Environment

Louisville’s Metro Council this week approved a resolution formally supporting solar energy and encouraging efforts to deploy the technology more widely in the city.

The resolution, which passed unanimously, cites the importance of renewable energy in reducing Kentucky’s reliance on coal, and cutting the state’s carbon dioxide pollution. It says the city can set a goal of 2 million watts from solar installations by the end of next year. That would be 500 residential installations.

“I think that the resolution is really going to help raise awareness,” said Metro Sustainability Director Maria Koetter. “I think the fact that the council members voted unanimously is very telling, and I think that folks are going to pay attention and the timing is right, with the cost of solar photovoltaic panels coming down.”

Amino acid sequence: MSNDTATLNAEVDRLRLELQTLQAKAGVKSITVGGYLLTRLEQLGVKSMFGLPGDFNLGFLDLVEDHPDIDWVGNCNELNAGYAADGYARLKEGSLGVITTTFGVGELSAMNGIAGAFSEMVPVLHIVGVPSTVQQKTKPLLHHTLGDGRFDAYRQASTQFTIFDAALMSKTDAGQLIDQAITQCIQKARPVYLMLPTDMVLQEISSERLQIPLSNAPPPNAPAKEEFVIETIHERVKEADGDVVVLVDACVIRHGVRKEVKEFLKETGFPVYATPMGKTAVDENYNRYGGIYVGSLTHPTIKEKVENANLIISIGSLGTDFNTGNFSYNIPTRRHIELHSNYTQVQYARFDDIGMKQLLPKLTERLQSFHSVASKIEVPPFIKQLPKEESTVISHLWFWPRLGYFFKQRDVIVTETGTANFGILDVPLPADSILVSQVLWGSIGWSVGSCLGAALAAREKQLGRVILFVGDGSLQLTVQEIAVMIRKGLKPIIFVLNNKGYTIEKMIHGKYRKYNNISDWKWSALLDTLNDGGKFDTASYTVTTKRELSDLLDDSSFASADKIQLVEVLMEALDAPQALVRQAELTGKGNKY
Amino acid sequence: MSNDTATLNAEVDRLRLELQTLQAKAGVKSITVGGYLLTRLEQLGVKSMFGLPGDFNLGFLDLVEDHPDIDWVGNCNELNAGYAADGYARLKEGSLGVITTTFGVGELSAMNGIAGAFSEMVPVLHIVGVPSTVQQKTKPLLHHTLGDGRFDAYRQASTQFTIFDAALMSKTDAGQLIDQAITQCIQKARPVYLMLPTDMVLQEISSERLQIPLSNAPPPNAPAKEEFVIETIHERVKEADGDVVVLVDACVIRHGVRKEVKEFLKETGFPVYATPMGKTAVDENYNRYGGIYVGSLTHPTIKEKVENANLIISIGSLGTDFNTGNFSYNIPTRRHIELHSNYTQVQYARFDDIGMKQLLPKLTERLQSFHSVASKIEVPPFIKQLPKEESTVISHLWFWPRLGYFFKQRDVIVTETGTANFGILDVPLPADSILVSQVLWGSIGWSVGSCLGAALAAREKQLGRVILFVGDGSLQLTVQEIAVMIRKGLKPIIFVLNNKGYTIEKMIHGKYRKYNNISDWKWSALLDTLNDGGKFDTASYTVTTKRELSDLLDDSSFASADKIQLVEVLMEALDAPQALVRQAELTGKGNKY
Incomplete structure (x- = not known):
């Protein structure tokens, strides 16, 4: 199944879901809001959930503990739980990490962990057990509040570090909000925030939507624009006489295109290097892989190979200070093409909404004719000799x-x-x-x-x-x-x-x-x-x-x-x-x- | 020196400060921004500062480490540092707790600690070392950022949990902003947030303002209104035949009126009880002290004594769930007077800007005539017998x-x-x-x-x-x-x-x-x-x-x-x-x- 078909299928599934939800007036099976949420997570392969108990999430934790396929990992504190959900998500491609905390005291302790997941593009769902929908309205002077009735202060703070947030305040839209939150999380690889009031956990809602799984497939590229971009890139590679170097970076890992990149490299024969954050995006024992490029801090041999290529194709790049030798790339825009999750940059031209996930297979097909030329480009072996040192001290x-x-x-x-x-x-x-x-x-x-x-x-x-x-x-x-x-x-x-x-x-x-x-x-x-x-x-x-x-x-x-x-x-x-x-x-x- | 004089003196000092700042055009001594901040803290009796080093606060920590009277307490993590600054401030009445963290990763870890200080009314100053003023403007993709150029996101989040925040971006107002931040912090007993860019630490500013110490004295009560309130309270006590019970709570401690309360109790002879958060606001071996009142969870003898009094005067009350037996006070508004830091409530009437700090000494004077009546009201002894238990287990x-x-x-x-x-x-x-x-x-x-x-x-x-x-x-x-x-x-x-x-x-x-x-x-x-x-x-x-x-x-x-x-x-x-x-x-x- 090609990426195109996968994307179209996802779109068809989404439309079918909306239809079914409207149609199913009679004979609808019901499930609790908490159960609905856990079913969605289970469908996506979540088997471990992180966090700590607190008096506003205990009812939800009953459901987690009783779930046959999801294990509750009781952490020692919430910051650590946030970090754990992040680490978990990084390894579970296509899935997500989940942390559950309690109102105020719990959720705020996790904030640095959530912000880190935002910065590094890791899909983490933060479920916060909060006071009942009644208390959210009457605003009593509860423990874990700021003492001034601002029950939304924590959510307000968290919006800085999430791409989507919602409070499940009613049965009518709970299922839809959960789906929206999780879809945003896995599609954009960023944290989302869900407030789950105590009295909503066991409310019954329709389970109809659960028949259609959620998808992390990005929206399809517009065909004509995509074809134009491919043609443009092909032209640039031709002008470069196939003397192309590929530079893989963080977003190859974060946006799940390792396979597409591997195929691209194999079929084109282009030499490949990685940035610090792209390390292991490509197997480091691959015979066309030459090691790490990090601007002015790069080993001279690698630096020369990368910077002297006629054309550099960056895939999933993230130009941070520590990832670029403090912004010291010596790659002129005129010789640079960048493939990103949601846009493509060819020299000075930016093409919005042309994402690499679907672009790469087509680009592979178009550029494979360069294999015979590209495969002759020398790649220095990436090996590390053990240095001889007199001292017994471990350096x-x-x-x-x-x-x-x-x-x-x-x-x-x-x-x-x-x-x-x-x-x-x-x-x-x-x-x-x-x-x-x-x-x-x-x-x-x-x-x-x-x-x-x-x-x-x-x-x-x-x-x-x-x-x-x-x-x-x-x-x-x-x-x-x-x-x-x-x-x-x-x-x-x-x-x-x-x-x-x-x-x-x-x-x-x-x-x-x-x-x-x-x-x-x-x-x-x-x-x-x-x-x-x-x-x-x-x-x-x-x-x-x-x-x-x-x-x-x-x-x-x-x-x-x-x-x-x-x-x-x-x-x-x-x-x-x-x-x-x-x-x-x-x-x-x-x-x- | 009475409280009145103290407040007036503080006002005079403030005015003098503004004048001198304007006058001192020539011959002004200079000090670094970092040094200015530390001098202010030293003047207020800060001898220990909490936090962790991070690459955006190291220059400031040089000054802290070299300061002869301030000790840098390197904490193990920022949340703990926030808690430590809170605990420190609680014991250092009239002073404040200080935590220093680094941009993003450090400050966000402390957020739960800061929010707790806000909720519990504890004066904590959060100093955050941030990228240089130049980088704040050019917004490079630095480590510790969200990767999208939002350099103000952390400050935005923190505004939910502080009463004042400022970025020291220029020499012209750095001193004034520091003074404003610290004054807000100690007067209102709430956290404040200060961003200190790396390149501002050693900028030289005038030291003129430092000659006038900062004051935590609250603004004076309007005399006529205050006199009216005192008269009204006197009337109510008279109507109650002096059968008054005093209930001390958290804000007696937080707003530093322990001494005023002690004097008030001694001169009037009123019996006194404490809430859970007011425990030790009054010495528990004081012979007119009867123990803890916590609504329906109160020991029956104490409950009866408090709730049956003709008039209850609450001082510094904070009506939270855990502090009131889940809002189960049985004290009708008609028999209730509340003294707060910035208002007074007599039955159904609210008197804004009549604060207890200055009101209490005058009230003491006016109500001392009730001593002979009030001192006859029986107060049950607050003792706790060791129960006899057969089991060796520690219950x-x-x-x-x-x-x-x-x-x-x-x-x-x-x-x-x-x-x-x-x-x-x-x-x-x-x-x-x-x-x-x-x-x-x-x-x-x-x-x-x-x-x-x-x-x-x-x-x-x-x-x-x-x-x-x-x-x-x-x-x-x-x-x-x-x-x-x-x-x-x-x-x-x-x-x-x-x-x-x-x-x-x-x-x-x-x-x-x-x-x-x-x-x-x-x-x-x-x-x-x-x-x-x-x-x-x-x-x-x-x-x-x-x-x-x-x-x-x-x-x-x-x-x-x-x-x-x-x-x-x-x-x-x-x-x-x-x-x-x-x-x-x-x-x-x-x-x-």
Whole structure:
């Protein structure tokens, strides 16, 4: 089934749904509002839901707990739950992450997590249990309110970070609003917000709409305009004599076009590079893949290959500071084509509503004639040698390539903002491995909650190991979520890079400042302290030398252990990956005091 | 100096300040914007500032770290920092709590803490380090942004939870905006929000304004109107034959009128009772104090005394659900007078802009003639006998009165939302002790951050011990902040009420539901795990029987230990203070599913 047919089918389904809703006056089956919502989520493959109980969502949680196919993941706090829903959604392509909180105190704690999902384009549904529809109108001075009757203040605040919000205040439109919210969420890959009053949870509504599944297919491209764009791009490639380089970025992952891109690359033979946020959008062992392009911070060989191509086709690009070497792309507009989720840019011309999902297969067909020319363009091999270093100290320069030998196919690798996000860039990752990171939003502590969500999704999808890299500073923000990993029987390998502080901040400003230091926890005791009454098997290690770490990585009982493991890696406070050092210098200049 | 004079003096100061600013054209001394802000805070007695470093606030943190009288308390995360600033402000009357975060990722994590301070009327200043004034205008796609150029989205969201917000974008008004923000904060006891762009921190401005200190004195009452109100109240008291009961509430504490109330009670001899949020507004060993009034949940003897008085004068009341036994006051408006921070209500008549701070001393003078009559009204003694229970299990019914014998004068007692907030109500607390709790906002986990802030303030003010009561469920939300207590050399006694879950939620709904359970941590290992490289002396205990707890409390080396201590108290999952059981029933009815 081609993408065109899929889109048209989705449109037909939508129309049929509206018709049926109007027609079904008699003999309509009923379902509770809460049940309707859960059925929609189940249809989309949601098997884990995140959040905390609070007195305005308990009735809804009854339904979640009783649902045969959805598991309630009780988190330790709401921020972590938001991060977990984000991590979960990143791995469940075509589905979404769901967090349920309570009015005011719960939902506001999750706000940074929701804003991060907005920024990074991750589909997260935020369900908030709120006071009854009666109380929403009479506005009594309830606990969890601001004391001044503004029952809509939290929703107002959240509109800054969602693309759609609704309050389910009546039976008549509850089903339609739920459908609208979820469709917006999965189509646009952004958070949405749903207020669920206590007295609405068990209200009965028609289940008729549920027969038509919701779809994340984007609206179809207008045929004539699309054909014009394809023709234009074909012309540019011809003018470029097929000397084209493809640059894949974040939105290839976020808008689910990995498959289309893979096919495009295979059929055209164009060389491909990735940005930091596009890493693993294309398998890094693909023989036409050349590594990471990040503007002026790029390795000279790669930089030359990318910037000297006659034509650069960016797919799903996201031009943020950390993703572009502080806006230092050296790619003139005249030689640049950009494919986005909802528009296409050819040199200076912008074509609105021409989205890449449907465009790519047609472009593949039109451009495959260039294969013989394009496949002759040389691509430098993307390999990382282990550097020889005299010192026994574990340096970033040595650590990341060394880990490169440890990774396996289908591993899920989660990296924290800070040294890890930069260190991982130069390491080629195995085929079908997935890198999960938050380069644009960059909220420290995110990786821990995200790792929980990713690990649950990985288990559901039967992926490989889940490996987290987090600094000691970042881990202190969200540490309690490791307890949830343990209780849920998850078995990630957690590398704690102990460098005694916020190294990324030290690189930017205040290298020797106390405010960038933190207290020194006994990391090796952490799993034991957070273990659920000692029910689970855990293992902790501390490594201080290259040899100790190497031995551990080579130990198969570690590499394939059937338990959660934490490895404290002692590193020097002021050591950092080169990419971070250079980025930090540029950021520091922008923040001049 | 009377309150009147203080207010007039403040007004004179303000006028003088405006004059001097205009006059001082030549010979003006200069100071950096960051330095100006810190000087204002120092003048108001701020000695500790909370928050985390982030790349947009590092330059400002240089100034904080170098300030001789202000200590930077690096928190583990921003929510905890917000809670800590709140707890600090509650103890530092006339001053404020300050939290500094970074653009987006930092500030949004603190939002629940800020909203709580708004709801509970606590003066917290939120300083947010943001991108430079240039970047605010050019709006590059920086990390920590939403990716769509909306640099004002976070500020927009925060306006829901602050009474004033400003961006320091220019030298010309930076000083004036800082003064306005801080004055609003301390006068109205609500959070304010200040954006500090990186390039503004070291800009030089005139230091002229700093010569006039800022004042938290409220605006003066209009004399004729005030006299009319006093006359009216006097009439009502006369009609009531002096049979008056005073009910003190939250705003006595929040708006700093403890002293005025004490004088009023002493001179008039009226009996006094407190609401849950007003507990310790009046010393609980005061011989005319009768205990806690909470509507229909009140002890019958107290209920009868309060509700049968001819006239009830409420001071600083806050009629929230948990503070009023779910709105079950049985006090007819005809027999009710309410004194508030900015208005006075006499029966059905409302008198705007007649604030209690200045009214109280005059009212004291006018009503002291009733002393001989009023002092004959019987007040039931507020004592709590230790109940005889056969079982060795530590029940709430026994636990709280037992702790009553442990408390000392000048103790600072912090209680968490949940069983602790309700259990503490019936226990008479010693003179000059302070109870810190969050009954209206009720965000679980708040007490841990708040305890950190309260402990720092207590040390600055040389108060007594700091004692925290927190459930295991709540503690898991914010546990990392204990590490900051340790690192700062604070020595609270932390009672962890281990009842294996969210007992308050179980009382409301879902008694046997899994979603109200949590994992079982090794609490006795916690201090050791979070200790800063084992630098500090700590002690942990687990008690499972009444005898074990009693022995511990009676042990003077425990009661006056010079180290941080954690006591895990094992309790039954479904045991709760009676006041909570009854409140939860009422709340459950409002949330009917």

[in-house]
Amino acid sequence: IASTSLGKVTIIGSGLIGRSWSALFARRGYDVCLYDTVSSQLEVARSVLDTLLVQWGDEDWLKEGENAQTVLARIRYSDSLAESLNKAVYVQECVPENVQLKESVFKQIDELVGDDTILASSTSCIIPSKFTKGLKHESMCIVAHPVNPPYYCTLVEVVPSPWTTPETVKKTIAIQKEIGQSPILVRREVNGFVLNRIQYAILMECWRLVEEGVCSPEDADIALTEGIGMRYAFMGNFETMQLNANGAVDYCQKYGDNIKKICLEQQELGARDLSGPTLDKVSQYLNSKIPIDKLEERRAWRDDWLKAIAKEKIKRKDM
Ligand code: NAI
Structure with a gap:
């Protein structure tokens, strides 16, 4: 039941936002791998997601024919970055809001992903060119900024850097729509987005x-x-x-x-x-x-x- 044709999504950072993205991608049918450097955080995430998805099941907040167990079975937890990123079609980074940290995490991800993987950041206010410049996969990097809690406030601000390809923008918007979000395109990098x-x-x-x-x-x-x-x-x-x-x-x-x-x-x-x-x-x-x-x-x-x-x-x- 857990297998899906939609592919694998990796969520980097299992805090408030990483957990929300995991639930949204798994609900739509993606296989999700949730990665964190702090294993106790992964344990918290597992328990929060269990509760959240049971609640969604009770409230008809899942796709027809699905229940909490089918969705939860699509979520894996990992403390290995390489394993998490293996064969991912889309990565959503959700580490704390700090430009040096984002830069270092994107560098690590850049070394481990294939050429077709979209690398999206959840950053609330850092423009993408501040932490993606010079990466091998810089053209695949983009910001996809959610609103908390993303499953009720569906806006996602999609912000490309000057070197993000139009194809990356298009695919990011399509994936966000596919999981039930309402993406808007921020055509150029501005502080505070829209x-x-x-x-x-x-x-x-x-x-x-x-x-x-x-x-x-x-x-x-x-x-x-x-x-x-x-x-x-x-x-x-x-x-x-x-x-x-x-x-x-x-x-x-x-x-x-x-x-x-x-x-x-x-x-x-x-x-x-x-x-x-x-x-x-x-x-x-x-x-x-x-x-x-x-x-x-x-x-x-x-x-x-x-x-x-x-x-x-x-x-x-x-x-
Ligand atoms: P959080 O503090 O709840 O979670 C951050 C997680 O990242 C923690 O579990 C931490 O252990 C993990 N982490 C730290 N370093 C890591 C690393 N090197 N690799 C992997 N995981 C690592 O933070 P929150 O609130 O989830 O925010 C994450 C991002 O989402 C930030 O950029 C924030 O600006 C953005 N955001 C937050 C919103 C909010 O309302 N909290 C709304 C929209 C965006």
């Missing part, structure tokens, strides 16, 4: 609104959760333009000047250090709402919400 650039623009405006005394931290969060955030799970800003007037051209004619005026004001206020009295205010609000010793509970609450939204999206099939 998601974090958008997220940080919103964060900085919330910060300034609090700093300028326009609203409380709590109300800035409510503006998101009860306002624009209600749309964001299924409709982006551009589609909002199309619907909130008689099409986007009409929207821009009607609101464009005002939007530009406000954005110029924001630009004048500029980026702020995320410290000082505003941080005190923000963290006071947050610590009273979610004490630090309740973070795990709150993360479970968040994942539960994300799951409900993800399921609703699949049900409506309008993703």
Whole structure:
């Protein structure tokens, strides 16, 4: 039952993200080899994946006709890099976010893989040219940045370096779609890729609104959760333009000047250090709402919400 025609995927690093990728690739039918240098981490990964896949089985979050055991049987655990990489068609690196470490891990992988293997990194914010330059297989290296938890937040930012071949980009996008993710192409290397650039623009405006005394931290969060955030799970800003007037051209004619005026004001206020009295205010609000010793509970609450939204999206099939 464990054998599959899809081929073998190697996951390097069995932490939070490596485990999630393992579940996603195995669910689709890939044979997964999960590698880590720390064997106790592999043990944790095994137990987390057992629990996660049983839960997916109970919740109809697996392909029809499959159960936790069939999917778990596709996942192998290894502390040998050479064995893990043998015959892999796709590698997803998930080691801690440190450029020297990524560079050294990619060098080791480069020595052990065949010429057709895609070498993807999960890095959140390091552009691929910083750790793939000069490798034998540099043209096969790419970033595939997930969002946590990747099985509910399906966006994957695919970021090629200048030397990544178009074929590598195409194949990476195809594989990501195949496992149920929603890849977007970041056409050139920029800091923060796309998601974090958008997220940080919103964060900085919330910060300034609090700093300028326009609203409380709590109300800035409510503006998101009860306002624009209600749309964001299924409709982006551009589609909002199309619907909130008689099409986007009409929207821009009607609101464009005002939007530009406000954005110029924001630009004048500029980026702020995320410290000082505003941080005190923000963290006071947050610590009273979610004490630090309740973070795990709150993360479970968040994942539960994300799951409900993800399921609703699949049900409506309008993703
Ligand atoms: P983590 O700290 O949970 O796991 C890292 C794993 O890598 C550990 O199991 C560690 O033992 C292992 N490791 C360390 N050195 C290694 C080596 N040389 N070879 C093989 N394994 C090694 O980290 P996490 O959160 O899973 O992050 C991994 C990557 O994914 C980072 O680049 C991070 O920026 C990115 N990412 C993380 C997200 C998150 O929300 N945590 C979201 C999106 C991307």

Koetter wasn’t directly involved in drafting the resolution, but she said there are already six or seven Metro government buildings with solar panels. Those include the Mary T. Meagher Aquatic Center, the Metro Development Center and the Newburg Library.

Metro Government’s Sustain Louisville plan also sets a goal of decreasing greenhouse gas emissions and increasing renewable energy in the city. To do that, the plan proposes ramping up renewable energy in city-owned buildings by 50 percent and assessing renewable energy incentive programs.

Erica Peterson is WFPL's Director of News and Programming.